Holani extended the Broncos’ streak of seasons with a 1,000-yard rusher to 11 straight last fall, finishing with 1,014 yards and seven touchdowns.

He put on about 10 pounds of muscle during his freshman season, and that added bulk should help him carry even more of the load this fall.

The Broncos have taken some hits this offseason when it comes to running back depth. Senior Robert Mahone was indefinitely suspended in August after he was charged with domestic assault, and on Sept. 25, Boise State confirmed he was in the transfer portal.

The team brought in junior college transfer Taequan Tyler from Tyler Junior College, but Harsin announced Sept. 25 that he was out for the season with an Achilles injury.

That leaves junior Andrew Van Buren and redshirt sophomore Danny Smith as options to help lighten Holani’s load. Van Buren posted 265 yards and two touchdowns on 62 carries last season. Smith appeared in three games and carried the ball eight times.

Holani and Bachmeier will work behind a retooled offensive line after the Broncos lost three starters to graduation and left tackle Ezra Cleveland to the NFL Draft.

The lone returning starter, redshirt junior John Ojukwu, has moved from right tackle to left, where Cleveland started for three years.

Uzo Osuji, a graduate transfer from Rice, is competing with Nick Crabtree at right tackle. Jake Stetz, who started four games last fall, is likely to land one of the guard spots, while Garrett Curran, Dallas Holliday and Donte Harrington compete for the other.

Harrington and redshirt sophomore Kekaniokoa Holomalia-Gonzalez are competing to start at center.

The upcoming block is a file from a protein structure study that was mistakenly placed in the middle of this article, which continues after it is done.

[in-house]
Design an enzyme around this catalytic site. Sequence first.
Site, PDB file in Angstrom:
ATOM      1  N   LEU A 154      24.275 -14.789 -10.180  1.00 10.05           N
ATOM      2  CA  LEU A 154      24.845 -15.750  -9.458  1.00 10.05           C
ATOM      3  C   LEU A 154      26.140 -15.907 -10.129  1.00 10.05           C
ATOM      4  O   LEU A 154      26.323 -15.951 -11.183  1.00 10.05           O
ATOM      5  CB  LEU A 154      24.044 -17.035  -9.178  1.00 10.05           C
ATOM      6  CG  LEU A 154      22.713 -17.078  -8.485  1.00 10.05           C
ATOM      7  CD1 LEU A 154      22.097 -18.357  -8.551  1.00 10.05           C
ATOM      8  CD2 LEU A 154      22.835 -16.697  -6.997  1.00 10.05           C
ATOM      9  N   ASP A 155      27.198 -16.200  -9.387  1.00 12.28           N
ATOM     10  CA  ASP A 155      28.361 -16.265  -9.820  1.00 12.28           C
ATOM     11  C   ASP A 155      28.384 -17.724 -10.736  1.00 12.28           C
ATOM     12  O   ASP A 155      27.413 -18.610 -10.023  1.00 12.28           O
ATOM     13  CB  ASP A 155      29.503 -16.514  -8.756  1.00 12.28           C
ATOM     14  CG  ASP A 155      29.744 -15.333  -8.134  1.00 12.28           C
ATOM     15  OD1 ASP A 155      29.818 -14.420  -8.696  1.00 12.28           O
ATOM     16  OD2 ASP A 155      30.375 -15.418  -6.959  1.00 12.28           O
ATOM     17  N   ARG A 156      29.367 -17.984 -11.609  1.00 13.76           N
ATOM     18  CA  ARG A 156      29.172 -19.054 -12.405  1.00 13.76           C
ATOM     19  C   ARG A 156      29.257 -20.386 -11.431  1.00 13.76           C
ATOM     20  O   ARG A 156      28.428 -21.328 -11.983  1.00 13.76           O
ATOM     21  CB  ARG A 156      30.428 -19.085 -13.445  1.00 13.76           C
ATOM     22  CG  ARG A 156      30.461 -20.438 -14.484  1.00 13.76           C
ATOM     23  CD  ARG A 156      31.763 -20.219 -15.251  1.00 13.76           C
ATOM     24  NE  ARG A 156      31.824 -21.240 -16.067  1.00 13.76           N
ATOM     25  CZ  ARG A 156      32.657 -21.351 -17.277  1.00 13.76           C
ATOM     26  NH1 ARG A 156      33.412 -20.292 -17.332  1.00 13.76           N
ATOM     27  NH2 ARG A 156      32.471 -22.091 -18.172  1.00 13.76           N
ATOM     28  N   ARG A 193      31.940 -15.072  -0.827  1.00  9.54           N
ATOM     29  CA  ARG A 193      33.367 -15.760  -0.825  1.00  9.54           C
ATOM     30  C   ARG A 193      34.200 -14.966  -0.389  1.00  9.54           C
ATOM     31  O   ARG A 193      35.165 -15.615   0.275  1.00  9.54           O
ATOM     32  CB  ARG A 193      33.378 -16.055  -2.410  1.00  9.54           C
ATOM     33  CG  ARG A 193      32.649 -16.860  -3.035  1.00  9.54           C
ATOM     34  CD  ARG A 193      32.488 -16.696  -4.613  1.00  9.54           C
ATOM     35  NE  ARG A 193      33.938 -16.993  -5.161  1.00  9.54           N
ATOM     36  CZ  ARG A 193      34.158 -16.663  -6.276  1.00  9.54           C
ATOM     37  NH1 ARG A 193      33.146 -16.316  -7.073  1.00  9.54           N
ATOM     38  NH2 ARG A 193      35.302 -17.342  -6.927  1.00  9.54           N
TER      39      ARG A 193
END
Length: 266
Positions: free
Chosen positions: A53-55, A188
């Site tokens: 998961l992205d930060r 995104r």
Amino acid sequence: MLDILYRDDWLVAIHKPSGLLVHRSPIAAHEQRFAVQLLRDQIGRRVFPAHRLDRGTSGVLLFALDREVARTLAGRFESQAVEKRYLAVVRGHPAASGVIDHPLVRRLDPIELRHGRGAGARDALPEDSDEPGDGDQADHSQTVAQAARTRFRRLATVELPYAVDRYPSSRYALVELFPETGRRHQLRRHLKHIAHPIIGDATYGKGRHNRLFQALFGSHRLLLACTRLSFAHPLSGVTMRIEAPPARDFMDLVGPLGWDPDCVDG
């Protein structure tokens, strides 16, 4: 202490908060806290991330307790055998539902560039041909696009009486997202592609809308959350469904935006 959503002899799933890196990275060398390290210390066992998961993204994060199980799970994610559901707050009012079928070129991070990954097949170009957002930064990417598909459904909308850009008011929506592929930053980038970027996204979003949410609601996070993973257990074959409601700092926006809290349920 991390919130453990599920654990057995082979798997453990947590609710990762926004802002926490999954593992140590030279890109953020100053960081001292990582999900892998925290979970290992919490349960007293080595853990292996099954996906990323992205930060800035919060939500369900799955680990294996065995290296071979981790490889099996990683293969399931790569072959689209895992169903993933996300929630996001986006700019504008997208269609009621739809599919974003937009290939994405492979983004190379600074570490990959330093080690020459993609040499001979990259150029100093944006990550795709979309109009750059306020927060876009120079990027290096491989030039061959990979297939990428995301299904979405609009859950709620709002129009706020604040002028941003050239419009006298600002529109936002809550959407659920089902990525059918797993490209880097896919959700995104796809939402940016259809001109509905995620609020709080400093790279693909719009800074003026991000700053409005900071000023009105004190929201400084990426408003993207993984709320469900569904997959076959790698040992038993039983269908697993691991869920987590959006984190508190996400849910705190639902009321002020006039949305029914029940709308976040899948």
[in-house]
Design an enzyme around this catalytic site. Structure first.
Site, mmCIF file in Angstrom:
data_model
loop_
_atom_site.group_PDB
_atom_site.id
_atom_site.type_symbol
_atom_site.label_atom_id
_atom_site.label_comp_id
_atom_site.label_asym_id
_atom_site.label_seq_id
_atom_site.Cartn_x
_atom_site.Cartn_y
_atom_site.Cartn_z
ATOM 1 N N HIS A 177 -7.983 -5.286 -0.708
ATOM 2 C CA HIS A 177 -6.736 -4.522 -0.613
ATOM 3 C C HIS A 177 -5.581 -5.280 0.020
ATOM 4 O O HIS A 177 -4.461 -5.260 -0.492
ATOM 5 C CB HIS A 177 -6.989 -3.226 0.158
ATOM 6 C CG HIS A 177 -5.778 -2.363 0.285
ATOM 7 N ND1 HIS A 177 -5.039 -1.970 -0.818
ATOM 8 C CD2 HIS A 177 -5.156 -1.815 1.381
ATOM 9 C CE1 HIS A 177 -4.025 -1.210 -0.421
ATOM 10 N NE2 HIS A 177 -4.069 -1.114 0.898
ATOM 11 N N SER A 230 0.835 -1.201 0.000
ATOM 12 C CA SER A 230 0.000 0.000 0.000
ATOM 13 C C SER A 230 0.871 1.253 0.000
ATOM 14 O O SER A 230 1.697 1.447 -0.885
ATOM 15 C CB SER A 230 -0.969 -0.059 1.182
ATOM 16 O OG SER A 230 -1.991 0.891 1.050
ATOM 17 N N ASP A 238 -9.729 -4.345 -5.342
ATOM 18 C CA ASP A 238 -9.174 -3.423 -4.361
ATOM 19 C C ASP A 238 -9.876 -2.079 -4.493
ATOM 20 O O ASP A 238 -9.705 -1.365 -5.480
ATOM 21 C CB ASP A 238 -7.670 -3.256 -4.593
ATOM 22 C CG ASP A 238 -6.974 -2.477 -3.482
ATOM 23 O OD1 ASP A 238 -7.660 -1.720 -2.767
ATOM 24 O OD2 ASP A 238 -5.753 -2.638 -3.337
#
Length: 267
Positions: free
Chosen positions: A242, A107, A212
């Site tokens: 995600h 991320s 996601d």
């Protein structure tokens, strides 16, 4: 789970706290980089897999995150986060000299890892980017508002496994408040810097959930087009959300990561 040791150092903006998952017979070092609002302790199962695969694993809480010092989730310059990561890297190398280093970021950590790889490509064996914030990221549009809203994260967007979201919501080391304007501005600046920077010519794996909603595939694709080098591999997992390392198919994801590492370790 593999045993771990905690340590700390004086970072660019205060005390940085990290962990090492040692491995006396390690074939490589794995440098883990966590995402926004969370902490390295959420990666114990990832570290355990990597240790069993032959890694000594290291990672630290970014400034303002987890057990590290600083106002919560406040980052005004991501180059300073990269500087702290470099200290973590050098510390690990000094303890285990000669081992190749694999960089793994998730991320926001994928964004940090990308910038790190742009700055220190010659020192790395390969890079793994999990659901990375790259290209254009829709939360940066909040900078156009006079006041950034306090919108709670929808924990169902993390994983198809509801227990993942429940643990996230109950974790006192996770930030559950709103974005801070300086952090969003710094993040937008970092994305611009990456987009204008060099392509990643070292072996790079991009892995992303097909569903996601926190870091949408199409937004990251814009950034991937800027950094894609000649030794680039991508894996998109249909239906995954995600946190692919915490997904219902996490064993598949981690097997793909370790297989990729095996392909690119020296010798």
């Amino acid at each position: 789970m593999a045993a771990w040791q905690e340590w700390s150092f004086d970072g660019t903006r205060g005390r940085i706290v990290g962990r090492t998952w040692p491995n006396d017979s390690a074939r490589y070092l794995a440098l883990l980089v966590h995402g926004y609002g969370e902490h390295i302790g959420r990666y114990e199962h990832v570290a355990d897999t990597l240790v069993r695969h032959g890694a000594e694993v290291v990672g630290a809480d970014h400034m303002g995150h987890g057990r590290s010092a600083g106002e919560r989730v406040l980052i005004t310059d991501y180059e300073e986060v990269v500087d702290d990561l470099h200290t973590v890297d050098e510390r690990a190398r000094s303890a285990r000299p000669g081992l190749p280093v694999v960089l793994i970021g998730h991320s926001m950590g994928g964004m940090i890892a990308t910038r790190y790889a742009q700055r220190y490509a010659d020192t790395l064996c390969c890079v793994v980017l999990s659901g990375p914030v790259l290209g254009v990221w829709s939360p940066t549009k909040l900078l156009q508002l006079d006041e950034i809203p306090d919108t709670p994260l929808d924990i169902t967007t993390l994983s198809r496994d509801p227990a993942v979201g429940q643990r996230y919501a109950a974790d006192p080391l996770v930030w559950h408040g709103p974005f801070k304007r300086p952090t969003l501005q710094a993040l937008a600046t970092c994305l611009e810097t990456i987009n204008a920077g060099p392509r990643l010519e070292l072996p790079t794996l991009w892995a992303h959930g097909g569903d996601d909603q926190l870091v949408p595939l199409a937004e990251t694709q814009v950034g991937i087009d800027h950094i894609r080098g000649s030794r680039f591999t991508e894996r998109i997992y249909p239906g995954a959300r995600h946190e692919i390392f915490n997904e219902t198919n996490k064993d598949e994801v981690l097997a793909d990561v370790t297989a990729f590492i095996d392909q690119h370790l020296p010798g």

Boise State nosetackle Scale Igiehon (90) forces a bad throw by Washington quarterback Jacob Eason (10) in the third quarter of the Las Vegas Bowl Saturday, Dec. 21, 2019 at Sam Boyd Stadium in Las Vegas, Nev.


The Broncos have equally as daunting a task ahead of them in replacing three veteran defensive linemen and STUD Curtis Weaver, who led the team and the Mountain West last fall with 13.5 sacks.

Senior defensive linemen David Moa, Sonatane Lui and Chase Hatada were lost to graduation.

Redshirt sophomore Demitri Washington is the favorite to replace Weaver, who was drafted in the sixth round by the Miami Dolphins in April and has since signed with the Cleveland Browns (he’s on injured reserve).

Washington appeared in all 14 games last fall and posted 4.5 sacks and 5.5 tackles for loss.

Junior Scale Igiehon (6-2, 293) will lead the way on the interior of the defensive line after he appeared in all 14 games and made two starts last year. He’ll be joined by Homedale native Scott Matlock and junior college transfer Shane Irwin, the favorite to fill Hatada’s roll as a versatile defensive end who is stout against the run and can rush the passer.

The Broncos also added freshman defensive tackle Herbert Gums Jr. (6-1, 282), whose athleticism has already caught the attention of defensive line coach Spencer Danielson, and nose tackle Divine Obichere (6-3, 314), who was a teammate of Irwin’s last fall at Long Beach City College.


Transfers are a way of life in college football. The Broncos have lost a few and added their fare share this offseason.

Boise State has added five graduate transfers: Osuji, linebacker Brock Miller (N.C. State), tight end Mason Sikes (Lamar), kicker Johnny Messina (Stetson) and quarterback Jack Sears (USC).

Joining Irwin, Obichere and Tyler as junior college transfers are offensive lineman Riden Leong (Orange Coast College) and defensive back Jonathan Earl (Golden West College).

Transfers have particularly hurt the Broncos in the secondary, where likely starters D’Andre Pierce (Arizona State) and Jordan Happle (Oregon) departed for the Pac-12.

Earl (6-2, 190) came in as a cornerback, but he has the size to move to safety, where the Broncos also lost veteran Kekoa Nawahine to graduation.

Returning starters Tyreque Jones and Kekaula Kaniho — both expecting to see snaps at nickel — may see more time in a traditional safety role, and freshmen Semaj Verner (6-2, 185) and Rodney Robinson may see the field sooner than expected.